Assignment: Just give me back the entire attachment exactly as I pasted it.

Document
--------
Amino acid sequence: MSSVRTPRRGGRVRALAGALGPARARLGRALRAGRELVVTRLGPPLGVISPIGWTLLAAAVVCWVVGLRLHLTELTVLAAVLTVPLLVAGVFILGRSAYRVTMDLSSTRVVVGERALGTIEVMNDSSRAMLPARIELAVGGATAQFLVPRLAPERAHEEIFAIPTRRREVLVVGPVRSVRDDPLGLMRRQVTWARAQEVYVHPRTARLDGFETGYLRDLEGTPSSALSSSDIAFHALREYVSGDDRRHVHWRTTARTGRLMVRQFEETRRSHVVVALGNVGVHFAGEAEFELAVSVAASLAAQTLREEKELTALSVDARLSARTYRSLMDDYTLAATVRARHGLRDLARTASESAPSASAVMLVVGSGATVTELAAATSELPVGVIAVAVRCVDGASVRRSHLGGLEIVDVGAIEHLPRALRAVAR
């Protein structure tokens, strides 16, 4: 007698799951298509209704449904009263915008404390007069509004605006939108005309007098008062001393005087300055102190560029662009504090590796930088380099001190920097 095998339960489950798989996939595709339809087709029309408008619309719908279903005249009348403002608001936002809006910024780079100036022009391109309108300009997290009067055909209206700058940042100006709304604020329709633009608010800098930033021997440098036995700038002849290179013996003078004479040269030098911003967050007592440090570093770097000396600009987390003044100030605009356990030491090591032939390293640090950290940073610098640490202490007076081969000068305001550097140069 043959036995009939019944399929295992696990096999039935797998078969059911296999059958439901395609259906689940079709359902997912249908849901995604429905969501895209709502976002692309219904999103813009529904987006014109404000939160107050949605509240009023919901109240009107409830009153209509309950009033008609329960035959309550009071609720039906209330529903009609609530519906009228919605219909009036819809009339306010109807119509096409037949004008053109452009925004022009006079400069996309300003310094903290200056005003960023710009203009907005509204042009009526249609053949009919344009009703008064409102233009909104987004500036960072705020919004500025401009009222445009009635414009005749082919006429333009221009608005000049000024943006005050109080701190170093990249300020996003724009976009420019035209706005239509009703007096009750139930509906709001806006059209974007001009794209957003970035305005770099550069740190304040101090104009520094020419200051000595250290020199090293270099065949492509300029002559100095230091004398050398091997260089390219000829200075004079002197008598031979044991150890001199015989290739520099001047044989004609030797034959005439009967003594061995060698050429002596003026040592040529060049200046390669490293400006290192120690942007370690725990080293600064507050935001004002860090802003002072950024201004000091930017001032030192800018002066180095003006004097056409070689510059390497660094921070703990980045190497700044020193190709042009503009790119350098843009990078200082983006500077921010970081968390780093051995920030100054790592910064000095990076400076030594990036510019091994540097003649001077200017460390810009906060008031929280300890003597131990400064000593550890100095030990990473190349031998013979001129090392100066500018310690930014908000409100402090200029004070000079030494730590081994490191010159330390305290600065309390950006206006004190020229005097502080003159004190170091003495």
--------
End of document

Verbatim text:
Amino acid sequence: MSSVRTPRRGGRVRALAGALGPARARLGRALRAGRELVVTRLGPPLGVISPIGWTLLAAAVVCWVVGLRLHLTELTVLAAVLTVPLLVAGVFILGRSAYRVTMDLSSTRVVVGERALGTIEVMNDSSRAMLPARIELAVGGATAQFLVPRLAPERAHEEIFAIPTRRREVLVVGPVRSVRDDPLGLMRRQVTWARAQEVYVHPRTARLDGFETGYLRDLEGTPSSALSSSDIAFHALREYVSGDDRRHVHWRTTARTGRLMVRQFEETRRSHVVVALGNVGVHFAGEAEFELAVSVAASLAAQTLREEKELTALSVDARLSARTYRSLMDDYTLAATVRARHGLRDLARTASESAPSASAVMLVVGSGATVTELAAATSELPVGVIAVAVRCVDGASVRRSHLGGLEIVDVGAIEHLPRALRAVAR
């Protein structure tokens, strides 16, 4: 007698799951298509209704449904009263915008404390007069509004605006939108005309007098008062001393005087300055102190560029662009504090590796930088380099001190920097 095998339960489950798989996939595709339809087709029309408008619309719908279903005249009348403002608001936002809006910024780079100036022009391109309108300009997290009067055909209206700058940042100006709304604020329709633009608010800098930033021997440098036995700038002849290179013996003078004479040269030098911003967050007592440090570093770097000396600009987390003044100030605009356990030491090591032939390293640090950290940073610098640490202490007076081969000068305001550097140069 043959036995009939019944399929295992696990096999039935797998078969059911296999059958439901395609259906689940079709359902997912249908849901995604429905969501895209709502976002692309219904999103813009529904987006014109404000939160107050949605509240009023919901109240009107409830009153209509309950009033008609329960035959309550009071609720039906209330529903009609609530519906009228919605219909009036819809009339306010109807119509096409037949004008053109452009925004022009006079400069996309300003310094903290200056005003960023710009203009907005509204042009009526249609053949009919344009009703008064409102233009909104987004500036960072705020919004500025401009009222445009009635414009005749082919006429333009221009608005000049000024943006005050109080701190170093990249300020996003724009976009420019035209706005239509009703007096009750139930509906709001806006059209974007001009794209957003970035305005770099550069740190304040101090104009520094020419200051000595250290020199090293270099065949492509300029002559100095230091004398050398091997260089390219000829200075004079002197008598031979044991150890001199015989290739520099001047044989004609030797034959005439009967003594061995060698050429002596003026040592040529060049200046390669490293400006290192120690942007370690725990080293600064507050935001004002860090802003002072950024201004000091930017001032030192800018002066180095003006004097056409070689510059390497660094921070703990980045190497700044020193190709042009503009790119350098843009990078200082983006500077921010970081968390780093051995920030100054790592910064000095990076400076030594990036510019091994540097003649001077200017460390810009906060008031929280300890003597131990400064000593550890100095030990990473190349031998013979001129090392100066500018310690930014908000409100402090200029004070000079030494730590081994490191010159330390305290600065309390950006206006004190020229005097502080003159004190170091003495």